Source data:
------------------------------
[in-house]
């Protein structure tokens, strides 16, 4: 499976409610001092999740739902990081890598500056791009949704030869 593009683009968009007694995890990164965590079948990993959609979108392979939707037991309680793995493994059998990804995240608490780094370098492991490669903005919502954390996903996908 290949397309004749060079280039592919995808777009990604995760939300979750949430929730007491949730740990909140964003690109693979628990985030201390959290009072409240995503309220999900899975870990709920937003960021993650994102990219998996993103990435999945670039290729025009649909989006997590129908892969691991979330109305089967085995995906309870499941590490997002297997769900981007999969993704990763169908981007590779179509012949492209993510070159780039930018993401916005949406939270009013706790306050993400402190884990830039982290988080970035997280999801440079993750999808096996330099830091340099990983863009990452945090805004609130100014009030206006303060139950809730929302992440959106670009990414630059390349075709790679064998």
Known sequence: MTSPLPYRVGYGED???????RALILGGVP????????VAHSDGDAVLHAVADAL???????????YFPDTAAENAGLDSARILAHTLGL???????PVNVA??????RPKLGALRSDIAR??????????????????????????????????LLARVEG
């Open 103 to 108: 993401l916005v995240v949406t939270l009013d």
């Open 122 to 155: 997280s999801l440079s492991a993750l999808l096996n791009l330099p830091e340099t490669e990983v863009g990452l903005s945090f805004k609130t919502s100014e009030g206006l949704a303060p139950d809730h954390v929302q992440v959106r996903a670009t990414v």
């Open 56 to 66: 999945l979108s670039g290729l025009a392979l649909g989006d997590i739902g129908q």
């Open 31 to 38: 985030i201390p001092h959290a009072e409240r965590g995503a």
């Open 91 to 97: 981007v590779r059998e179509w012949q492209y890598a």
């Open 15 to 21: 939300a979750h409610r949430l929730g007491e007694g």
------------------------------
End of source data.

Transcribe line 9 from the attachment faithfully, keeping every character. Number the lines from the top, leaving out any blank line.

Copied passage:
């Open 15 to 21: 939300a979750h409610r949430l929730g007491e007694g």